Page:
In 1998 I got my 'big break'. The lead programmer on one of these projects left the state and I was allowed to take over a widely distributed Access application. Over the next several months I converted the back end to SQL Server and stored procedures and the front end to a classic ASP application. That application has been upgraded a couple of times and is about to go through a major rewrite. I was a paid professional programmer.

Over the next two years I found myself more and more integrated into a programming unit that was responsible for creating economic forecasting software, and occupational information systems. It was an amazingly good fit, and allowed me to be a programmer while still using the economics and statistics I learned in school.

Embracing the Curly Brace
As the .Net framework and VS.Net became available, I made the decision to switch to C# rather than move to VB.Net. The reasons for this decision may be a good topic for another post, but for now it's enough to know that I consider myself primarily a C# web developer of database driven web applications. I do a little SQL Server DBA work, and for the last year have been working in PL/SQL on a major web application that hits an Oracle database.

Wednesday, October 17, 2007

How to Irritate Three Women at Once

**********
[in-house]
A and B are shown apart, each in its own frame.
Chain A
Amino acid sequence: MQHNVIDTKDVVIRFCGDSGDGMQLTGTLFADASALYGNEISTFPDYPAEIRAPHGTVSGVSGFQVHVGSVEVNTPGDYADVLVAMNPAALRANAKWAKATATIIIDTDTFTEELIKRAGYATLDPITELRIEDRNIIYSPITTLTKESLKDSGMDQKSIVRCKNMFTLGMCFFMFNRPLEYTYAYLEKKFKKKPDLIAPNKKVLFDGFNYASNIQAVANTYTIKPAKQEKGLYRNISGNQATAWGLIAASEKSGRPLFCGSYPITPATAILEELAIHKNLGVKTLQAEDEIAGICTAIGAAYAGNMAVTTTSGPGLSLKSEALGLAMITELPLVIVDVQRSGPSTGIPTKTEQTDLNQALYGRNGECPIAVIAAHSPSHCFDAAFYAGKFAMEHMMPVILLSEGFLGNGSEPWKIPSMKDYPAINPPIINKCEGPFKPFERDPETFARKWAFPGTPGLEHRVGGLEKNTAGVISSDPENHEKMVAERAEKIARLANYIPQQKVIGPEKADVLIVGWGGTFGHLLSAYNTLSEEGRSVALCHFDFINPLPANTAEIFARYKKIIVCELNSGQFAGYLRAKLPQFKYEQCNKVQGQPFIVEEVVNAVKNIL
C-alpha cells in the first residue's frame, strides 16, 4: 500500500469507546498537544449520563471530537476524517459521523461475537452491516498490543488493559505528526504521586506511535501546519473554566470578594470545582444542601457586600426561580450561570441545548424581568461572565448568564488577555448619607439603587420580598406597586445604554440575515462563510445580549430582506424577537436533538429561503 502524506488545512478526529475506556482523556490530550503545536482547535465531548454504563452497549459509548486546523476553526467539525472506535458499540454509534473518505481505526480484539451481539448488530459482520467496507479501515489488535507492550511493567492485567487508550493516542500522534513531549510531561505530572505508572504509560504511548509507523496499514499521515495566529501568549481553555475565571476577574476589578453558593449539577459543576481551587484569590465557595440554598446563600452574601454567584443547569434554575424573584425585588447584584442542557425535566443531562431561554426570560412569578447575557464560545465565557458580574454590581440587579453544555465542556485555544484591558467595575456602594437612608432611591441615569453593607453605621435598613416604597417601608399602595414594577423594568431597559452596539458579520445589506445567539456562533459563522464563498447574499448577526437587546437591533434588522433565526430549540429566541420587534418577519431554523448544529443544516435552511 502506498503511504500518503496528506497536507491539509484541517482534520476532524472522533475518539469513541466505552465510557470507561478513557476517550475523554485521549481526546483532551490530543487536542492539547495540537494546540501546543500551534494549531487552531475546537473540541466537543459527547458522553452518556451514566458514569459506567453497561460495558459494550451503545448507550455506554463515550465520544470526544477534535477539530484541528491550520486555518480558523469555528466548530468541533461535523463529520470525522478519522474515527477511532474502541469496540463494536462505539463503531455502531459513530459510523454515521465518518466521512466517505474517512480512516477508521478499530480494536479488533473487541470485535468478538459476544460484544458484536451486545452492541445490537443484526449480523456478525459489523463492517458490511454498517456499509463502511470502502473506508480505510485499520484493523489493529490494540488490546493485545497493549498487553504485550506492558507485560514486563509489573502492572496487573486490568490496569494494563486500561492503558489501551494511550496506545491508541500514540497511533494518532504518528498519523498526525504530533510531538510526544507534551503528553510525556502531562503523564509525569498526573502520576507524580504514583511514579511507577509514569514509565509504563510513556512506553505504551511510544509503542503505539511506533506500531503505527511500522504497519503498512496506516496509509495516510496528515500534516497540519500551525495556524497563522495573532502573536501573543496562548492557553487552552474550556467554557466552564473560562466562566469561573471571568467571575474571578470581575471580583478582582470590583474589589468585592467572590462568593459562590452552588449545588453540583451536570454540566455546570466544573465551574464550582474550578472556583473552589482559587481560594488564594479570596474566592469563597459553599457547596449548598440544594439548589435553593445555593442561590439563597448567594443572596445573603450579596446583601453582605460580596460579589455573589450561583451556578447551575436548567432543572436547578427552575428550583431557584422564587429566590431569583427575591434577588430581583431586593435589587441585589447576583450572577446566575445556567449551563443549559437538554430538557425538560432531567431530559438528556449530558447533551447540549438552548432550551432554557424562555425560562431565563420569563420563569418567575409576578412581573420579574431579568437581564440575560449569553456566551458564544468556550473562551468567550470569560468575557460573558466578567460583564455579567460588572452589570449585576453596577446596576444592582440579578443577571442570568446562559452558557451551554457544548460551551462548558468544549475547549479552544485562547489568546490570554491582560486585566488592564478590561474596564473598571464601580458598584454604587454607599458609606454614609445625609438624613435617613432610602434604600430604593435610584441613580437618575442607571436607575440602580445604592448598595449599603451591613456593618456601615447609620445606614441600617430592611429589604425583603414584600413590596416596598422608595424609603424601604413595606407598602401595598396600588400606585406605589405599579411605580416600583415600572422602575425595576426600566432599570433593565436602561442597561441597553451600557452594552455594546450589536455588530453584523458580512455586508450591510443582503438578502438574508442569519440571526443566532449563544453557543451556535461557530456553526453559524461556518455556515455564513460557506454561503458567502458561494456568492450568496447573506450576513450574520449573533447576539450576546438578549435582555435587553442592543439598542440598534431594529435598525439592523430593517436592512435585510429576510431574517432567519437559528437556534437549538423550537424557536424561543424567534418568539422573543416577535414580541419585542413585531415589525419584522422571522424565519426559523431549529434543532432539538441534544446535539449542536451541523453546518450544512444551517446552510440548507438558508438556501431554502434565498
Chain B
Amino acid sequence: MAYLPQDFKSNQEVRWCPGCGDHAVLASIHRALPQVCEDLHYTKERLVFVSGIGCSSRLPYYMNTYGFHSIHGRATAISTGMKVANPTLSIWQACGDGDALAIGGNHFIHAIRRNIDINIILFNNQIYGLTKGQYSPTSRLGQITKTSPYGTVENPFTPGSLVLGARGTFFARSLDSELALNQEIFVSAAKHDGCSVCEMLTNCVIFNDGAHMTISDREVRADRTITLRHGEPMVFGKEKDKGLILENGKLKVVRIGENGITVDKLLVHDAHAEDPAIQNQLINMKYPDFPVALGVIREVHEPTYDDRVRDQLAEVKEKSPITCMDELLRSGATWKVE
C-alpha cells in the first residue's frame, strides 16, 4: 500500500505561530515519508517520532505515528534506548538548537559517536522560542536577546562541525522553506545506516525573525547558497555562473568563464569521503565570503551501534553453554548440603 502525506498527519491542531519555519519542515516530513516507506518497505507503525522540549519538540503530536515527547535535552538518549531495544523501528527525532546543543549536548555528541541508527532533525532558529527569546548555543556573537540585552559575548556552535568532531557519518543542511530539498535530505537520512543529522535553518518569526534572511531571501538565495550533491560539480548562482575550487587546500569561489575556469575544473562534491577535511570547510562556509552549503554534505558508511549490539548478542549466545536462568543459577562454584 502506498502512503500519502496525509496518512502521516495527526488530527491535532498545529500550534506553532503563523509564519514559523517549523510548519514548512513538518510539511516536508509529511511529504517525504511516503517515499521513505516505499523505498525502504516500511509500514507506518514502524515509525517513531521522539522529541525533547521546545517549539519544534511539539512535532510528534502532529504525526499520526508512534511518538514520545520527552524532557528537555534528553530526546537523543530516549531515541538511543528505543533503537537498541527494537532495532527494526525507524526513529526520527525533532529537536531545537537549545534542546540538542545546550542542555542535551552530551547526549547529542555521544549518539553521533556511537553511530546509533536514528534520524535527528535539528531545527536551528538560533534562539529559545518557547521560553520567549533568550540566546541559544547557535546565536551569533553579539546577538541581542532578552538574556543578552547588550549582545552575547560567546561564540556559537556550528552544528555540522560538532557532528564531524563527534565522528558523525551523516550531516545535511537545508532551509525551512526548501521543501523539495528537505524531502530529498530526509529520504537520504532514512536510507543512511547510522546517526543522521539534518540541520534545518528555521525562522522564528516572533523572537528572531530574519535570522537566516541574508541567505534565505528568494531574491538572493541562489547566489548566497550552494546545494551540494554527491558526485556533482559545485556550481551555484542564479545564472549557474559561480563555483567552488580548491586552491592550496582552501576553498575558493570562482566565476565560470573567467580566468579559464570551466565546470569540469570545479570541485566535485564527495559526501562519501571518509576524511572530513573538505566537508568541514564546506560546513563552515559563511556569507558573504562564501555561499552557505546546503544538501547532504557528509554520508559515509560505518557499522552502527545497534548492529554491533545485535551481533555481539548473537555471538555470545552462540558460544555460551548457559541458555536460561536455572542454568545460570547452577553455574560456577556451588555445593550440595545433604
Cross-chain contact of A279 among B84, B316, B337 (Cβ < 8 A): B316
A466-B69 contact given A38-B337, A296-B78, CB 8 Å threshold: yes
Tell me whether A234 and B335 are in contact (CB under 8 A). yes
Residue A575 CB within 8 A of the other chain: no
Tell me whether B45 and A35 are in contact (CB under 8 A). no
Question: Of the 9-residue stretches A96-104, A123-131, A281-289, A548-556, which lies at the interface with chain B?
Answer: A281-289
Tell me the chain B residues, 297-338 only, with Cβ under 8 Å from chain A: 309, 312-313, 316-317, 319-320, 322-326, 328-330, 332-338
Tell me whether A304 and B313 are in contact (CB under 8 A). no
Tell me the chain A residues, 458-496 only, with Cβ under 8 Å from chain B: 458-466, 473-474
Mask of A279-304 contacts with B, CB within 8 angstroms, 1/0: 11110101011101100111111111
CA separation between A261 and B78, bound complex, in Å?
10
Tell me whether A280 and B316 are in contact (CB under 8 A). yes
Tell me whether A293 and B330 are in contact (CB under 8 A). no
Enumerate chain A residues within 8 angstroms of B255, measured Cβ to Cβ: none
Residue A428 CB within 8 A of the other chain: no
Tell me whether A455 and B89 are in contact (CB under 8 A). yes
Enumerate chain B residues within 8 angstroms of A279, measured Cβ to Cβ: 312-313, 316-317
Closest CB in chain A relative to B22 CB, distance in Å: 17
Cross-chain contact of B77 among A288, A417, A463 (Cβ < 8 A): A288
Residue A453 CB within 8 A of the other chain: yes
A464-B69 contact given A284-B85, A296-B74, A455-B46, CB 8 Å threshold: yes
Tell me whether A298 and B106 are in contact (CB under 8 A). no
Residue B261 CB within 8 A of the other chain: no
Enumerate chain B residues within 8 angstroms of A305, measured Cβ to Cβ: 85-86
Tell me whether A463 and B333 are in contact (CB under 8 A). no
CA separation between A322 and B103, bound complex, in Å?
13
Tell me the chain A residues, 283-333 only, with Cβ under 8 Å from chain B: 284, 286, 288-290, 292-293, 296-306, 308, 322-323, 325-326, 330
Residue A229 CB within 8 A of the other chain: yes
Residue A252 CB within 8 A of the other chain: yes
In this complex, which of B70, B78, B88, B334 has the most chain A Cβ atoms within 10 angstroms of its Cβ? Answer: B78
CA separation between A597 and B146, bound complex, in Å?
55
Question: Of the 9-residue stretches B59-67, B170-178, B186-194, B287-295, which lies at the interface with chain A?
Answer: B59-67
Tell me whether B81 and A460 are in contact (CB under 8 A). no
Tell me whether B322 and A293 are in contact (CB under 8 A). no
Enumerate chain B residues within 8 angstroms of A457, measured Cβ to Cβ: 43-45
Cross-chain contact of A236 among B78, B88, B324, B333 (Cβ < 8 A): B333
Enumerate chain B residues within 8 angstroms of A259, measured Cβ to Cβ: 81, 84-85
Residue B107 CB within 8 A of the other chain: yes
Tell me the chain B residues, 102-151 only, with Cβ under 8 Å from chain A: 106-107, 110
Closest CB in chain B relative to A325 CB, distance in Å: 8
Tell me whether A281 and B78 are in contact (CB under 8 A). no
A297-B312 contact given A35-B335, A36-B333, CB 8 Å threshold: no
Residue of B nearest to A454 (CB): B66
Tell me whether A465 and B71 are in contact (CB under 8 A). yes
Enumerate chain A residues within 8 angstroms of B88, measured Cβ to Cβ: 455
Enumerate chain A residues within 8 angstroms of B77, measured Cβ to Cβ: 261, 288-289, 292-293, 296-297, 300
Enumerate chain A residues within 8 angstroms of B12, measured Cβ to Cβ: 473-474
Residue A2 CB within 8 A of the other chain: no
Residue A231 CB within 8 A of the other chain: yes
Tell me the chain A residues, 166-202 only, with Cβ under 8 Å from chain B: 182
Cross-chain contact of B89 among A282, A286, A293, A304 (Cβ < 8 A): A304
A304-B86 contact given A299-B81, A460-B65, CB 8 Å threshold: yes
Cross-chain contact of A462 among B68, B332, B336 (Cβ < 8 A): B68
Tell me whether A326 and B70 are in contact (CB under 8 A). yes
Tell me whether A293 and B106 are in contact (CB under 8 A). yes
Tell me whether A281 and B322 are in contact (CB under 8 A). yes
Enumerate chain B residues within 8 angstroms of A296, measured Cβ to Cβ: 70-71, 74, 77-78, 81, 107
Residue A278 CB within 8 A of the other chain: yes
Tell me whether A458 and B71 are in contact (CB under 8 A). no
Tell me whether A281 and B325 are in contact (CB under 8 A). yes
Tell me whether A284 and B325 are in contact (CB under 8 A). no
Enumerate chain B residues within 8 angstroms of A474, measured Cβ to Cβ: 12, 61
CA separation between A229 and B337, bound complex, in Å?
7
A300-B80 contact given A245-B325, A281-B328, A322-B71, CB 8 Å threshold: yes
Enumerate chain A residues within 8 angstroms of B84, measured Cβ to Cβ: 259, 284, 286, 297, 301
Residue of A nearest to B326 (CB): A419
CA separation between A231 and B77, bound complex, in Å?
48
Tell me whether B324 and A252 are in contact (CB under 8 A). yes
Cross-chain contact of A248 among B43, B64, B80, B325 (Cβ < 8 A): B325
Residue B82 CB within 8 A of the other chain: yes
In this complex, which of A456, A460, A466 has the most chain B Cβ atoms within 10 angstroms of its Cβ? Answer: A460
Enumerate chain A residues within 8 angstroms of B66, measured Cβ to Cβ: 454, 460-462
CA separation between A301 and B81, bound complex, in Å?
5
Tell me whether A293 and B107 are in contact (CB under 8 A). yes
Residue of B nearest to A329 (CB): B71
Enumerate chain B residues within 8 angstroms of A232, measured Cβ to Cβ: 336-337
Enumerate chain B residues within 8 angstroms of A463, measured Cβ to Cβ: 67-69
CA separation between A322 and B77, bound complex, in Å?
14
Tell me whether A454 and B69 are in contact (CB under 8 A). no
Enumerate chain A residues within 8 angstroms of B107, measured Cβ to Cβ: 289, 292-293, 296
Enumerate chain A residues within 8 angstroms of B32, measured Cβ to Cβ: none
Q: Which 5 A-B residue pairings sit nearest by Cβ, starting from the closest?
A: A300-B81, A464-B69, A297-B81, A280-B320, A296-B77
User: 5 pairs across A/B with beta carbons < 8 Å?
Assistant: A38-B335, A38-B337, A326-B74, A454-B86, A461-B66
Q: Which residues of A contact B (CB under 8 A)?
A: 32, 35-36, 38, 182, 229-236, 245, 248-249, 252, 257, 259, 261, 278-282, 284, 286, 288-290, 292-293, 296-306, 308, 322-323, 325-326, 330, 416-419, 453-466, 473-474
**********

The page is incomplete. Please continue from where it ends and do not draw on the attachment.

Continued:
I love my spinning class. The depth of my love is largely a result of my spinning class being the only cycling I have been doing for weeks. The class is held three times a week, has a great instructor, and a group of 3-4 'regulars' who make it to most of the classes. On days when it's only me and the instructor she tends to customize the class to the things I am working on.

During yesterday's class we had completed two of the three core sections and were finishing up with a seated sprinting section. It's not so much that I like the sprinting drills, but just that I am pretty good at those drills. I can spin at a much higher cadence when seated than most of the other participants and usually have to turn the tension up a bit to keep from bouncing off the bike. After the first sprint Ali was complementing our effort and doing the typical motivational pep talk about working hard and sticking with it. I swear I heard her say, "Two more laps and then we cool it down."

We did another sprint and after returning to pace Ali said, "One minute at this pace and then we cool down." In the seconds after that comment I made the critical mistake of not staying quiet. Instead I said, "You mean we aren't doing one more?" At that moment I was subjected to the glares of Ali and the other two participants. The glares continued through the 'added' sprint...

I am going to miss class tomorrow because of another commitment. I think they may let me back in the class on Saturday, but we'll have to see.

Monday, October 15, 2007

The Early Years

True to my normal behavior, I am reading about 5 books right now. It seems I always have a work or two of fiction and two or three tech books going at once. On of the books I am reading is the classic The Pragmatic Programmer.

In that book, which I highly recommend to anyone on the programming side of the IT world, the authors talk a lot about taking pride in and responsibility for your work. On of the ways they suggest you do that is by signing your work. In that spirit, I changed my profile to reveal my name, and figured I would do a couple of 'background' posts to let all three of you who don't actually work with me or aren't my mother, know a little about where I am coming from on the tech side.

The Early Years